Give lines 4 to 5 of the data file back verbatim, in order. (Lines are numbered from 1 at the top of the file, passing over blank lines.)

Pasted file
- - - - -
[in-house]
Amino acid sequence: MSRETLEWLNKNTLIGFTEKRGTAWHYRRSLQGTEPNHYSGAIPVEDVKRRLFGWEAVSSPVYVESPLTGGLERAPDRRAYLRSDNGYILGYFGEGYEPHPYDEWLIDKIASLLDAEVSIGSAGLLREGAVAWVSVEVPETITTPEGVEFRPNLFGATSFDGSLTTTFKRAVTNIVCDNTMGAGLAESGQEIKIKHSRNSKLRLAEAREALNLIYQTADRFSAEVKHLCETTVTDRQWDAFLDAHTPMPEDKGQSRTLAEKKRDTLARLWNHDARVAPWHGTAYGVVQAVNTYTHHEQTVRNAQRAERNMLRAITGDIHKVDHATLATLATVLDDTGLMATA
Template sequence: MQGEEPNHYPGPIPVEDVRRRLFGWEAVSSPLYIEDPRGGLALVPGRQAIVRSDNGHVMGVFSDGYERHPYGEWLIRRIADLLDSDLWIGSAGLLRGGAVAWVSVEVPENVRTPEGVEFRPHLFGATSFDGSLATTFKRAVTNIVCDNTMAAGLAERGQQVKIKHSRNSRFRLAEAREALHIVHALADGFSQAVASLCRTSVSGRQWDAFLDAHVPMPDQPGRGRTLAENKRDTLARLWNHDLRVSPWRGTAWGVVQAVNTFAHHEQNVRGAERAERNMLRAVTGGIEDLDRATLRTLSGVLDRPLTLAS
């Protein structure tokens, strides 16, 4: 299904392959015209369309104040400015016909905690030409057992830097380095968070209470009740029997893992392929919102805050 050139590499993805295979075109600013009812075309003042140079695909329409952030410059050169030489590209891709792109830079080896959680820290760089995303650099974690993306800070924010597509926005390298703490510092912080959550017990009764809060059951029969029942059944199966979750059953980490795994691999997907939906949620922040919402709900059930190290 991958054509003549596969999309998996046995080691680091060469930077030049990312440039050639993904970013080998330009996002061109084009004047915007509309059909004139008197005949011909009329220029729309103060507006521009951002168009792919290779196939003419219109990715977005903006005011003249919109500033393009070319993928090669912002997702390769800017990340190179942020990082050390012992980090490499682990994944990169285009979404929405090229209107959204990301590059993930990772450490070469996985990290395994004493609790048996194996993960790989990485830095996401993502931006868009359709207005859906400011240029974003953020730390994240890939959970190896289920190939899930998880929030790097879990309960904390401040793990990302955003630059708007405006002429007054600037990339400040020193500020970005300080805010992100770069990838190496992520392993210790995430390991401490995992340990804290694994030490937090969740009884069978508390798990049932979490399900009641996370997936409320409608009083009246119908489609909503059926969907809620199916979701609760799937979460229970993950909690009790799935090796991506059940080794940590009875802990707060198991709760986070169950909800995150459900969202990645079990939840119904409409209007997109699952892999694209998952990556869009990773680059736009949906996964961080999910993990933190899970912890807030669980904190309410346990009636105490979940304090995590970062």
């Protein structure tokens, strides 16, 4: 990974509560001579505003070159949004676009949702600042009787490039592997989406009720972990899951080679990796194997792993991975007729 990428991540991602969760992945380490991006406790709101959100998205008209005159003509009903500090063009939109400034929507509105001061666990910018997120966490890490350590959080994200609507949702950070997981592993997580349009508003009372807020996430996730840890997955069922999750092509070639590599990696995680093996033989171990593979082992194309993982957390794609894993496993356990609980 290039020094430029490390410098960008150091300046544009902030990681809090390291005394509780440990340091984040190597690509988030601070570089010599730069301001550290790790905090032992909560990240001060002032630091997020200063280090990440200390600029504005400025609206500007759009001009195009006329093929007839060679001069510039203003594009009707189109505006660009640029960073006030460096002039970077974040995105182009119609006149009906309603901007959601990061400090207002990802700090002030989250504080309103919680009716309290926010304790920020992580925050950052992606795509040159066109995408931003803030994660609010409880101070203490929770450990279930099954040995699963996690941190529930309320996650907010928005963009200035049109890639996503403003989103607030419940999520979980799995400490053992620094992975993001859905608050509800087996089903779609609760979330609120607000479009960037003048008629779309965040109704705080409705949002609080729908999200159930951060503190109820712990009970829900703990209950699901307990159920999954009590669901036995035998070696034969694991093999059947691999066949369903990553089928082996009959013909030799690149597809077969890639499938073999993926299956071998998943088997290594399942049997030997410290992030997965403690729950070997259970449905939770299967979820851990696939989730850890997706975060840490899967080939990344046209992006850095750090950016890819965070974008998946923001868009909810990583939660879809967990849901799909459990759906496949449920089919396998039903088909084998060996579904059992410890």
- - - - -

């Protein structure tokens, strides 16, 4: 299904392959015209369309104040400015016909905690030409057992830097380095968070209470009740029997893992392929919102805050 050139590499993805295979075109600013009812075309003042140079695909329409952030410059050169030489590209891709792109830079080896959680820290760089995303650099974690993306800070924010597509926005390298703490510092912080959550017990009764809060059951029969029942059944199966979750059953980490795994691999997907939906949620922040919402709900059930190290 991958054509003549596969999309998996046995080691680091060469930077030049990312440039050639993904970013080998330009996002061109084009004047915007509309059909004139008197005949011909009329220029729309103060507006521009951002168009792919290779196939003419219109990715977005903006005011003249919109500033393009070319993928090669912002997702390769800017990340190179942020990082050390012992980090490499682990994944990169285009979404929405090229209107959204990301590059993930990772450490070469996985990290395994004493609790048996194996993960790989990485830095996401993502931006868009359709207005859906400011240029974003953020730390994240890939959970190896289920190939899930998880929030790097879990309960904390401040793990990302955003630059708007405006002429007054600037990339400040020193500020970005300080805010992100770069990838190496992520392993210790995430390991401490995992340990804290694994030490937090969740009884069978508390798990049932979490399900009641996370997936409320409608009083009246119908489609909503059926969907809620199916979701609760799937979460229970993950909690009790799935090796991506059940080794940590009875802990707060198991709760986070169950909800995150459900969202990645079990939840119904409409209007997109699952892999694209998952990556869009990773680059736009949906996964961080999910993990933190899970912890807030669980904190309410346990009636105490979940304090995590970062």
């Protein structure tokens, strides 16, 4: 990974509560001579505003070159949004676009949702600042009787490039592997989406009720972990899951080679990796194997792993991975007729 990428991540991602969760992945380490991006406790709101959100998205008209005159003509009903500090063009939109400034929507509105001061666990910018997120966490890490350590959080994200609507949702950070997981592993997580349009508003009372807020996430996730840890997955069922999750092509070639590599990696995680093996033989171990593979082992194309993982957390794609894993496993356990609980 290039020094430029490390410098960008150091300046544009902030990681809090390291005394509780440990340091984040190597690509988030601070570089010599730069301001550290790790905090032992909560990240001060002032630091997020200063280090990440200390600029504005400025609206500007759009001009195009006329093929007839060679001069510039203003594009009707189109505006660009640029960073006030460096002039970077974040995105182009119609006149009906309603901007959601990061400090207002990802700090002030989250504080309103919680009716309290926010304790920020992580925050950052992606795509040159066109995408931003803030994660609010409880101070203490929770450990279930099954040995699963996690941190529930309320996650907010928005963009200035049109890639996503403003989103607030419940999520979980799995400490053992620094992975993001859905608050509800087996089903779609609760979330609120607000479009960037003048008629779309965040109704705080409705949002609080729908999200159930951060503190109820712990009970829900703990209950699901307990159920999954009590669901036995035998070696034969694991093999059947691999066949369903990553089928082996009959013909030799690149597809077969890639499938073999993926299956071998998943088997290594399942049997030997410290992030997965403690729950070997259970449905939770299967979820851990696939989730850890997706975060840490899967080939990344046209992006850095750090950016890819965070974008998946923001868009909810990583939660879809967990849901799909459990759906496949449920089919396998039903088909084998060996579904059992410890």